The Elsie Dinsmore Series by Martha Finley

Monday Musings

Hello, Readers! Today I’ll be reviewing, or rather discussing, the Elsie Dinsmore series by Martha Finley.

Martha Finley was born in 1828. She wrote numerous books, the most popular being the twenty-eight “Elsie books.” She died January 30, 1909.

The Elsie Dinsmore series is, essentially, a devotional (and, meanwhile, an interesting story) for Victorian children. I have read most of the books and enjoyed all of them.

True, modern readers can’t always identify with the strict morals of the 19th century. For instance, Elsie’s Sabbath-keeping (which is an important plot point, by the way) may seem ludicrous.

Elsie Dinsmore (Book 1) begins in the mid-1840s on a Southern plantation, Roselands.

Elsie’s mother died soon after giving birth to her, leaving her in the care of her paternal grandfather. Elsie’s aunts and uncles, who are about her age, mistreat her, as does the cross governess. Though supported by her strong Christian faith, Elsie longs for the love and companionship of her only remaining parent, Horace Dinsmore, who has been away in Europe for Elsie’s entire life.

When Mr. Dinsmore returns, Elsie is sadly disappointed to find that her father doesn’t love her at all. He is very strict and cold, only speaking to her if he wishes to reprimand her. Can Elsie win her father’s love? Even if she does, can she stand firm in her faith against her non-Christian father’s influence?

I often use these novels as a historical reference. It’s also a very interesting story, and the Christian content is inspirational. On the other hand, Elsie’s perfection can be a bit annoying at times.

There is also, a rewritten Elsie Dinsmore series, “A Life of Faith.” I’ve read those, too. For a modern audience, it is definitely improved. I believe there are eight Elsie books and eight Violet books (Elsie’s daughter).

The new books are definitely worth reading; they make it easy to understand the complicated plot and remove some of Martha Finley’s flowery, oftentimes superfluous, prose.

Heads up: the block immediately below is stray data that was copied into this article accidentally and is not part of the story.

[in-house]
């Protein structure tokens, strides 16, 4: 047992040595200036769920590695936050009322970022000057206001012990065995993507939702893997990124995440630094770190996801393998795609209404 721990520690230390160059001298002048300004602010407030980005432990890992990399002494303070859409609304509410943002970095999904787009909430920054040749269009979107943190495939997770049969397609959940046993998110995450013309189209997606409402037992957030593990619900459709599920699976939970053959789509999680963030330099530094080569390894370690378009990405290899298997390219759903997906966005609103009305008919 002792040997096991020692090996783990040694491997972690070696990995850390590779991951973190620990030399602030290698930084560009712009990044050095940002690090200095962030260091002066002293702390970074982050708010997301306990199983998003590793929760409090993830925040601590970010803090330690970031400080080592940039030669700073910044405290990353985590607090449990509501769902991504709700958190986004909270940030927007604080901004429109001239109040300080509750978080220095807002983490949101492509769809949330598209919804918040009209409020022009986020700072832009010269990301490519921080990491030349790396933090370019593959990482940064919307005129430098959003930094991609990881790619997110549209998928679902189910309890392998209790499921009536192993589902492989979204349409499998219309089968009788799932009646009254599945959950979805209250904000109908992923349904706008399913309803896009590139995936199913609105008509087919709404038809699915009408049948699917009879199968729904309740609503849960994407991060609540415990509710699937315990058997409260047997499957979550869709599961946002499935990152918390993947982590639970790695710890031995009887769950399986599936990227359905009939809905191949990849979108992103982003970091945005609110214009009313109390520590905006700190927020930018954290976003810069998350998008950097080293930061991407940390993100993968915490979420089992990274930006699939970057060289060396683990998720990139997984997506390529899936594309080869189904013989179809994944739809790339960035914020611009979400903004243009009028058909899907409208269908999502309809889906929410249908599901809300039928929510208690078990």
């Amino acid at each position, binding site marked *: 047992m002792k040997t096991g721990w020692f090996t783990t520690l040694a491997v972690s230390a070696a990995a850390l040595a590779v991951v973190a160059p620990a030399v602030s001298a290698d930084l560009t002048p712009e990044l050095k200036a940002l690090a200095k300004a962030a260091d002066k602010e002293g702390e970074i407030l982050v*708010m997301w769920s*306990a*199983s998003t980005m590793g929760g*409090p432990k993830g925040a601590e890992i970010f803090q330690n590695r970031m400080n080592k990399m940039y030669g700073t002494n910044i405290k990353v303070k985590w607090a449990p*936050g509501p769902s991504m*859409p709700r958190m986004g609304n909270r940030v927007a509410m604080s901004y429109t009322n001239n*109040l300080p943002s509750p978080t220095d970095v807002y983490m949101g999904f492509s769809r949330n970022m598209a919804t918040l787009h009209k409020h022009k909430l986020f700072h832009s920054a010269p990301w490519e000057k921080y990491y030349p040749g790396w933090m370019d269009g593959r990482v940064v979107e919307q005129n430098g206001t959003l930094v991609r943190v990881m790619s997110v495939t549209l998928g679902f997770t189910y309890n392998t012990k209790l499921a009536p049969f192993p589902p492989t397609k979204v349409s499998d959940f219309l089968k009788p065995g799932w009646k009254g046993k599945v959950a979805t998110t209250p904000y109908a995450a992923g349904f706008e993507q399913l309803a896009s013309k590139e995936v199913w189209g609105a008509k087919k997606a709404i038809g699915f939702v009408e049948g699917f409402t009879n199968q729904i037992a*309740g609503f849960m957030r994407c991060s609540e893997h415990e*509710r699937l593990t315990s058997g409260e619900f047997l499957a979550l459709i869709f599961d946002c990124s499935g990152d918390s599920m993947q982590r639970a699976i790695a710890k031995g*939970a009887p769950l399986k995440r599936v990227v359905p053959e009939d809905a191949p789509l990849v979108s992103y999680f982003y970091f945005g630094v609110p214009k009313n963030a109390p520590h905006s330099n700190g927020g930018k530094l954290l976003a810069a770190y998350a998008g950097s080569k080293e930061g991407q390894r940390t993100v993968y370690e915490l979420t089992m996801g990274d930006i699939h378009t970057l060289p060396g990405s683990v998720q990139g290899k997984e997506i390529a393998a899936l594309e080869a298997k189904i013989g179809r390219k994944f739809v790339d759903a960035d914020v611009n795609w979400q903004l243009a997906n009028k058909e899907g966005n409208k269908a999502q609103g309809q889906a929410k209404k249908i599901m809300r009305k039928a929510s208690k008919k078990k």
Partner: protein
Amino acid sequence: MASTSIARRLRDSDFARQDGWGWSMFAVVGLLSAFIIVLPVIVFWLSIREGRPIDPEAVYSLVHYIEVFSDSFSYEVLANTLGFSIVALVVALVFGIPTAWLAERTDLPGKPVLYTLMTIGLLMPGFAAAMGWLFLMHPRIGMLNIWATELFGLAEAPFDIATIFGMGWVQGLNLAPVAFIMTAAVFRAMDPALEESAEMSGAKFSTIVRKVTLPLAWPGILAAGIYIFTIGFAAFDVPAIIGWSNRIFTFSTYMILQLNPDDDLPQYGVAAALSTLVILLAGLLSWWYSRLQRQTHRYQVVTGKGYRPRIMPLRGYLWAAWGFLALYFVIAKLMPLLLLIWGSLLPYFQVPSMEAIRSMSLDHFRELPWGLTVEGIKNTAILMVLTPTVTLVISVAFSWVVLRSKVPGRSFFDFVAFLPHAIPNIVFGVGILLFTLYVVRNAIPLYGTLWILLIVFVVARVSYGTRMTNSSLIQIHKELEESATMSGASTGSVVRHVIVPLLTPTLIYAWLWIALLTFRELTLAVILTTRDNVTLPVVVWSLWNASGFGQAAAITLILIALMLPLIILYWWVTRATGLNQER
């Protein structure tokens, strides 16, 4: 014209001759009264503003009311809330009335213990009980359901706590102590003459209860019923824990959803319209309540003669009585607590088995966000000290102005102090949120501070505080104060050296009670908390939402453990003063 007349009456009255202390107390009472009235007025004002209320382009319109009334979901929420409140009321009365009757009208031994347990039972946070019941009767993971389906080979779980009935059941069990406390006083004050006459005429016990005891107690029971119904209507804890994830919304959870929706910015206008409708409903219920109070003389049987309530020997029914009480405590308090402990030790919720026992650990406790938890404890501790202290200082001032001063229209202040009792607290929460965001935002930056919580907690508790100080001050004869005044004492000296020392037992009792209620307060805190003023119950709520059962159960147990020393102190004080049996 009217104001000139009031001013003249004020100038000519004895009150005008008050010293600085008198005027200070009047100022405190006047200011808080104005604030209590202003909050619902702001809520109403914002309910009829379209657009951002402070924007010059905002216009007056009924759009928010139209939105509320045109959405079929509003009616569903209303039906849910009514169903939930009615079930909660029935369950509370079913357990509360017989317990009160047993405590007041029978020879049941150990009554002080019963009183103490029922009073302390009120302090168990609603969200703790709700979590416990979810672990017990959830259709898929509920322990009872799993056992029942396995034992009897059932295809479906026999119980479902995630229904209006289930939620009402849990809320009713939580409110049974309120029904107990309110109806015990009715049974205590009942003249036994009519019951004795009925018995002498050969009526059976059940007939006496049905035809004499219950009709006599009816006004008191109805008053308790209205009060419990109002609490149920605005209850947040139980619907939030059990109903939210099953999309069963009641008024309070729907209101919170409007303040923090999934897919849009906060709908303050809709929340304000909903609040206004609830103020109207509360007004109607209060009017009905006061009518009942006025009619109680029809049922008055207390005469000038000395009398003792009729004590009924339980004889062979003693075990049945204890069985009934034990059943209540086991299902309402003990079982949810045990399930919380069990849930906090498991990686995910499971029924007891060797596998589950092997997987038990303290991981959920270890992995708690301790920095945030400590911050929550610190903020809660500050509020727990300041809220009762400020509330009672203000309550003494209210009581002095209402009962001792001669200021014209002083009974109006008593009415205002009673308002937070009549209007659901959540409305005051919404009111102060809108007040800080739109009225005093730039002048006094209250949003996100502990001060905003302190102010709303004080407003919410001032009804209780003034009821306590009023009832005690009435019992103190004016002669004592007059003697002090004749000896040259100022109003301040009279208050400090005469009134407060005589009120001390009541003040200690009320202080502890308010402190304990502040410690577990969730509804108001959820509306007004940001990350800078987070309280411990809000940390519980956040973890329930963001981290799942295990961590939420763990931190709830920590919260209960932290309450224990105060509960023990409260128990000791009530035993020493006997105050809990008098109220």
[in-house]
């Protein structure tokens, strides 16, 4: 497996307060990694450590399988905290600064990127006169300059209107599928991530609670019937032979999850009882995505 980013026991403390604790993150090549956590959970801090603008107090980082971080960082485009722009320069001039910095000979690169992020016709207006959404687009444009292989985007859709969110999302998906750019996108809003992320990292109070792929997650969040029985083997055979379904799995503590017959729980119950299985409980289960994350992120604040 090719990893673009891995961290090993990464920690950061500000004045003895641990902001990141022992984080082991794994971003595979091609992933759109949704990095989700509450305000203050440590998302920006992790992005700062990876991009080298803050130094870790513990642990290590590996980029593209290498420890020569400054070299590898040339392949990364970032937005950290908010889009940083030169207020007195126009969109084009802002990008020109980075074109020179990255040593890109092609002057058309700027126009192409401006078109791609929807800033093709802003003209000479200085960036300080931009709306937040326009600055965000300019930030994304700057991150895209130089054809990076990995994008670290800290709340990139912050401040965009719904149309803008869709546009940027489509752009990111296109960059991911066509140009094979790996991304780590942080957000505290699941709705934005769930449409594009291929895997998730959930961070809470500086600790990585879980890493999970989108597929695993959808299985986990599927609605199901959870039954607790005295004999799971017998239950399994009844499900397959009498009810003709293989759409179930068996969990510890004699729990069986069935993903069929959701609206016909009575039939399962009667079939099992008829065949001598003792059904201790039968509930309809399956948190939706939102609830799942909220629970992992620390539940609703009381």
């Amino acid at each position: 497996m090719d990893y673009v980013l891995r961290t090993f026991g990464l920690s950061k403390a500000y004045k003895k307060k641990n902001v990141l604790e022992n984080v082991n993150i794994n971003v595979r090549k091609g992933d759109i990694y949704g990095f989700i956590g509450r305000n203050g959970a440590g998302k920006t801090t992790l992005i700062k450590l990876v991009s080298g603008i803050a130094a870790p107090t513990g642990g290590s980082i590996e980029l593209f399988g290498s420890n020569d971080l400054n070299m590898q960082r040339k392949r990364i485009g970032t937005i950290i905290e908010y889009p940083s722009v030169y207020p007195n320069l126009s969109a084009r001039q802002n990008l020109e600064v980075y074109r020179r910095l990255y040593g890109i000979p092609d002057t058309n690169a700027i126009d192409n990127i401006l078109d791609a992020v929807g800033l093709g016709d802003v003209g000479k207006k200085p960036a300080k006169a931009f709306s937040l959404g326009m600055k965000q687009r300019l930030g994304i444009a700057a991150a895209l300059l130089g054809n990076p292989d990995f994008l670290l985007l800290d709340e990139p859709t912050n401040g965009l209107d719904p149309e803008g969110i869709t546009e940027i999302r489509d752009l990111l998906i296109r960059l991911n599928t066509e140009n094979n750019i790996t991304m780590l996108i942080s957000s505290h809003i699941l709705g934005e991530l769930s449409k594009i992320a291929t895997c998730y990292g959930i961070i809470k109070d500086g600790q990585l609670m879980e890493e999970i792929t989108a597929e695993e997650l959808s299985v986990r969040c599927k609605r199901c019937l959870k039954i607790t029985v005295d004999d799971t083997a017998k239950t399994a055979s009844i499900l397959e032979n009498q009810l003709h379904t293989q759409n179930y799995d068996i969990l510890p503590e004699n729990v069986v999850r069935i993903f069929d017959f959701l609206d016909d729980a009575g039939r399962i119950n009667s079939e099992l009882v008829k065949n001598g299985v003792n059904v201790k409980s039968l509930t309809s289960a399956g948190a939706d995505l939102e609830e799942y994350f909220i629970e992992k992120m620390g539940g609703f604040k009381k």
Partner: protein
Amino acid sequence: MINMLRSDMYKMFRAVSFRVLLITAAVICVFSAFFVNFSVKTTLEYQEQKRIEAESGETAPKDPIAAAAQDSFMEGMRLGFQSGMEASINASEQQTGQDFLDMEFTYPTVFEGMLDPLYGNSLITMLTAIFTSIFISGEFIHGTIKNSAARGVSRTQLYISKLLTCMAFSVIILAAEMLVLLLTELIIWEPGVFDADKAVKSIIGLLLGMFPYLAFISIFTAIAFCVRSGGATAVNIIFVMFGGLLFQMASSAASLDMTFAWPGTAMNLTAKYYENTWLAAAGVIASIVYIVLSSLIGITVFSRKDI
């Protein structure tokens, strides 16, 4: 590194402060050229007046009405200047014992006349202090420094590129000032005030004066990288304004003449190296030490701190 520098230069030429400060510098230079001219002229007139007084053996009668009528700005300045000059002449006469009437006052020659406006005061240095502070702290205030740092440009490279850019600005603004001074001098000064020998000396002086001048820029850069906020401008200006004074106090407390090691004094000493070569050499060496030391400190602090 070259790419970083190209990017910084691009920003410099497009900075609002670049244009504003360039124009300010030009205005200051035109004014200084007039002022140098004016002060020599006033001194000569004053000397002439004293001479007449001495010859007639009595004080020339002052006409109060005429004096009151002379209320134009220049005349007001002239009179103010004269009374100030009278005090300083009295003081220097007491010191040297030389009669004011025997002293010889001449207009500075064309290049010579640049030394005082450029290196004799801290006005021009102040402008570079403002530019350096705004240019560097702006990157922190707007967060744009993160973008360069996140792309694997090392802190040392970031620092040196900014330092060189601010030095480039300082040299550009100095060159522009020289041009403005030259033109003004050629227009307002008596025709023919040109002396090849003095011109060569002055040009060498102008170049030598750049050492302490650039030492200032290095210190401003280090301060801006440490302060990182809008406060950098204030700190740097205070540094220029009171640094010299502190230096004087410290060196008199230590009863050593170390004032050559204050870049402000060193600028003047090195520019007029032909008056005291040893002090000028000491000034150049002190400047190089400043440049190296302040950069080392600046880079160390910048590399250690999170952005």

Thank you for your time! Be sure to comment; I’d love to hear from you!

~Kellyn Roth

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20 thoughts on “The Elsie Dinsmore Series by Martha Finley

  1. I have read the A Life of Faith Elsie books; they are very good! You are right in your belief that there is also and eight-book Violet series. There is also an eight-book Millie series. (Millie’s a distant cousin of Elsie’s) We have all of those books. We only have a couple of the ‘real’ Elsie books.

    CutePolarBear

    Liked by 1 person

    1. Yes, I’ve read the eight-book Millie series. I haven’t read the original Millie Keith books, though. I kind of want to, but I really haven’t the time. I didn’t really like the eight-book Violet series. It seemed a little … far-fetched and weird, with Violet being a crazy feminist person. I don’t think any child of Elsie Dinsmore would dare!

      Like, WHERE DID THAT COME FROM?!

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  2. Oh, I didn’t think she was a feminist. Which book are you specifically talking about? The last one, where she’s an artist for the archaeological expedition?

    CutePolarBear

    Liked by 1 person

    1. Basically the whole series. XD But I may have misinterpreted it. I read it pretty fast (like, I was reading about a book a day for a while there) and may not have caught everything. 😉

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  3. I love the elsie dinsmore series! Of course, ya know, kellyn, that I used to…uh, hate? the elsie dinsmore series because of the…lack of guts and perfection…but now I really like them! Even if everybody cries everytime someone else cries… 😉

    Liked by 1 person

    1. You just have to bear the lack of guts and the amazing perfection because it’s so dramatic … and you know that, even if no one could be that perfect and they are preachy, they’re probably right …. XD

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      1. I know, I used to hate it cause, well, sadly, they were goody two shoes and better than me but now I admire them (kinda)…. like what I mean is, I admire goodness and dislike evil cause im Christian 😉
        Know what I mean? 🙂

        Liked by 1 person

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